Really it isn't a right or privilege, its conditional use of a public asset.
__________________
"Take care, sir," cried Sancho. "Those over there are not giants but windmills".
windmill is offline   Reply With Quote
Old 06-25-2013, 08:34 AM   #2631
ttpete
Rectum Non Bustibus
 
Joined: May 2009
Location: Dearborn, MI
Oddometer: 5,507
Quote:
Originally Posted by windmill View Post
Really it isn't a right or privilege, its conditional use of a public asset.
Nice work, deflecting a deflector!
__________________
10 Ducati 1098 Streetfighter S - "Sleipnir"
09 Kaw Versys
67 Triumph Bonneville TT Special
"The problem with Socialism is that you eventually run out of other people's money" _____ Margaret Thatcher
ttpete is online now   Reply With Quote
Old 06-25-2013, 09:32 AM   #2632
kbasa
Colnago!
 
kbasa's Avatar
 
Joined: May 2002
Location: Marin County, California
Oddometer: 66,445
Quote:
Originally Posted by ttpete View Post
That's just bicycling. When I rode, I carried a spare tube and a tire pump. And I was intelligent enough to not use paper thin tires.
I roll with "endurance" tires and tubes, which are more resistent to punctures, but broken glass is going to get me. And two inches of gravel washed off the road is going to get me. And that tree branch is going to get me. A team mate was riding down the road and her tire picked up a "Devil's Claw", a seed pod. It jammed up behind her fork, throwing this 60yo woman to the ground, breaking her elbow.

It's a different set of risks. Risks that are not present in other forms of transportation.

And, let's get down to it - the only reason anyone here is pissed at cyclists is for one of two reasons: they've come across jackass cyclists or they're just impatient.
__________________
IMHO.

Fuck Cancer. Ride bikes. - dave + tina
kbasa is offline   Reply With Quote
Old 06-25-2013, 02:18 PM   #2633
rbrsddn
3banger
 
rbrsddn's Avatar
 
Joined: Oct 2006
Location: Madison,CT
Oddometer: 2,455
Reason 3

And, let's get down to it - the only reason anyone here is pissed at cyclists is for one of two reasons: they've come across jackass cyclists or they're just impatient.[/QUOTE]


Don't forget, they're angry that someone is actually getting off the couch, and doing something about their fitness, or lack thereof, increasing the self loathing...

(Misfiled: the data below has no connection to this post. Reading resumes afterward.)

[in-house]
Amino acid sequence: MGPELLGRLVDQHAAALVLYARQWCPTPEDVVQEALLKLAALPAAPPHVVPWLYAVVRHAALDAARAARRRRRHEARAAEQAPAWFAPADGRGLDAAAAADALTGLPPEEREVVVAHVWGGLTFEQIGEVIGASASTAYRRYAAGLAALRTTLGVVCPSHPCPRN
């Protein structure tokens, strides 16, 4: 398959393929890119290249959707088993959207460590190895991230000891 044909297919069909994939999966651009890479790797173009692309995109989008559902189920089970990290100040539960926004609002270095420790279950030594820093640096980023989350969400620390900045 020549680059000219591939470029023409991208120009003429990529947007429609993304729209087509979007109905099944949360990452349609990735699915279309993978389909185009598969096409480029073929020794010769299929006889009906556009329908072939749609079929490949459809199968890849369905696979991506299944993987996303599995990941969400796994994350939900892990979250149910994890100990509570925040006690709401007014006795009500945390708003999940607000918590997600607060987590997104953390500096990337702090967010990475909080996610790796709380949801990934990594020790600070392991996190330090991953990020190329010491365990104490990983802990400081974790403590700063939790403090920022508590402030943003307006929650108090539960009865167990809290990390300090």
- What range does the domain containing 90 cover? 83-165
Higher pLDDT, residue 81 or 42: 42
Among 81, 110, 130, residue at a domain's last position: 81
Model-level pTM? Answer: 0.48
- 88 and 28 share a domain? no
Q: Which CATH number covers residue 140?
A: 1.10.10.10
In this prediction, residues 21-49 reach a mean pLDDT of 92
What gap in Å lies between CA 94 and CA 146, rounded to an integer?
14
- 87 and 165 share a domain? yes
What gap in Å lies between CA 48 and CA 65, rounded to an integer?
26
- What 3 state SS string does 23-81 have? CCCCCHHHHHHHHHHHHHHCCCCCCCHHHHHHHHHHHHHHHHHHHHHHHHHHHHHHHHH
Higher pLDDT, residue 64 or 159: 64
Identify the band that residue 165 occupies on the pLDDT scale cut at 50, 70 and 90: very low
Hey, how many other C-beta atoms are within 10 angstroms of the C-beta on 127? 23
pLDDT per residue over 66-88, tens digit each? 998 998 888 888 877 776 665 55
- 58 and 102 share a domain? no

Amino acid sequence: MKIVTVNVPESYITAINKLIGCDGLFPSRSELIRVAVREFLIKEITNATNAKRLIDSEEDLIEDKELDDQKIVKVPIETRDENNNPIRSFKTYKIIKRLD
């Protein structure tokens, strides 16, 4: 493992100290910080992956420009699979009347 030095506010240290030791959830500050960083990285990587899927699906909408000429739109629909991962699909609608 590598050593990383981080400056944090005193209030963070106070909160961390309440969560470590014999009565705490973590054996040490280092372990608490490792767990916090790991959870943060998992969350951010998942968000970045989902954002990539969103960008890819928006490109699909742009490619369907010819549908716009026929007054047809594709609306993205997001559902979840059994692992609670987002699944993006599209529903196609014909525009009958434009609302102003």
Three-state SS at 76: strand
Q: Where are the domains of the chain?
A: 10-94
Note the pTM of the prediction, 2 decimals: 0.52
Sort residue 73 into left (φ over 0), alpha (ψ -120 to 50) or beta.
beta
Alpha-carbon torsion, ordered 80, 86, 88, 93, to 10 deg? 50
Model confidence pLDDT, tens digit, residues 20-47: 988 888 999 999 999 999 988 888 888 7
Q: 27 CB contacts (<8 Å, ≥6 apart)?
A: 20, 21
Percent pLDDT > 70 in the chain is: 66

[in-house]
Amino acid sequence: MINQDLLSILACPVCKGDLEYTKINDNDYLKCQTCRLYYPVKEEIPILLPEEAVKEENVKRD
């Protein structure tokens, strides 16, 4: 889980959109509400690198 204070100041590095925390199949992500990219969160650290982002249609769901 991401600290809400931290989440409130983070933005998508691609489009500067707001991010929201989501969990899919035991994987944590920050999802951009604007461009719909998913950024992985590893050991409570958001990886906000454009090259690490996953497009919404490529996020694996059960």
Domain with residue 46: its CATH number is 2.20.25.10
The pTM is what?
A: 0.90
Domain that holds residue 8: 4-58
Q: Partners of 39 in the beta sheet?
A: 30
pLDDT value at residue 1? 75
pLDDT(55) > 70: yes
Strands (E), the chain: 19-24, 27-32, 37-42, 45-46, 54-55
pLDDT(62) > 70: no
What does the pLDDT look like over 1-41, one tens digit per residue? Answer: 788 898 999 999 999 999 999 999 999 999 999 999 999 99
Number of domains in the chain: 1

rbrsddn is offline   Reply With Quote
Old 06-25-2013, 02:39 PM   #2634
kbasa
Colnago!
 
kbasa's Avatar
 
Joined: May 2002
Location: Marin County, California
Oddometer: 66,445
Quote:
Originally Posted by kbasa View Post
And, let's get down to it - the only reason anyone here is pissed at cyclists is for one of two reasons: they've come across jackass cyclists or they're just impatient.

Quote:
Originally Posted by rbrsddn View Post
Don't forget, they're angry that someone is actually getting off the couch, and doing something about their fitness, or lack thereof, increasing the self loathing...
Well, there's that, but I try not to go there...

I suspect the "cock pants" crowd is probably in that group. I just can't figure out the endless fascination with a pair of spandex/lycra shorts. Jeebus. This coming from people who wear cordura, leather jumpsuits and other moto gear that the rest of the world finds odd.

I guess Loaded had it right: "Everyone is someone else's weirdo."
__________________
IMHO.

Fuck Cancer. Ride bikes. - dave + tina
kbasa is offline   Reply With Quote
Old 06-25-2013, 03:01 PM   #2635
ShardPhoenix
Наглый ублюдок
 
ShardPhoenix's Avatar
 
Joined: Sep 2011
Location: Grants Pass, Oregon
Oddometer: 800
Quote:
Originally Posted by kbasa View Post
And, let's get down to it - the only reason anyone here is pissed at cyclists is for one of two reasons: they've come across jackass cyclists or they're just impatient.




I'm not a cyclist by any scope of the word... Haven't owned a bicycle since I got my license to drive. Don't have any issues with those who do choose to cruise around on pedal powered devices.... except those that do it in a completely jackass fashion, and those get lumped in with the rest of the jackasses on the road.

A few weeks ago I ran across a couple of said jackasses. Riding two abreast in the middle of the lane and refused to switch to single file to allow traffic to maneuver past them in a safe fashion. Sight lines on that particular stretch of road weren't conducive to using the oncoming lane to get around safely. Was plenty of room on the shoulder for them to use while motorized traffic was present.

Didn't help that some cars just made the situation worse by not waiting until sight lines were clear before getting impatient and passing the cyclists. I was just waiting to witness a nasty head on thanks to the group effort douchebaggery going on by both cyclists and motorists.


On another note..

Saw quite a few cyclists on my moto-ride from SW Oregon to N. Idaho the other day. A couple were obviously on long distance rides and I have to give them props for that. Gave 'em a "beep beep" and wave and thumbs up as I rode past them. They looked like they were having a good time for sure.
__________________
I ride 652ccs of slug.
ShardPhoenix is offline   Reply With Quote
Old 06-25-2013, 03:11 PM   #2636
Dranrab Luap
E-Tarded
 
Dranrab Luap's Avatar
 
Joined: Jun 2004
Location: Louisissippi Coast
Oddometer: 30,006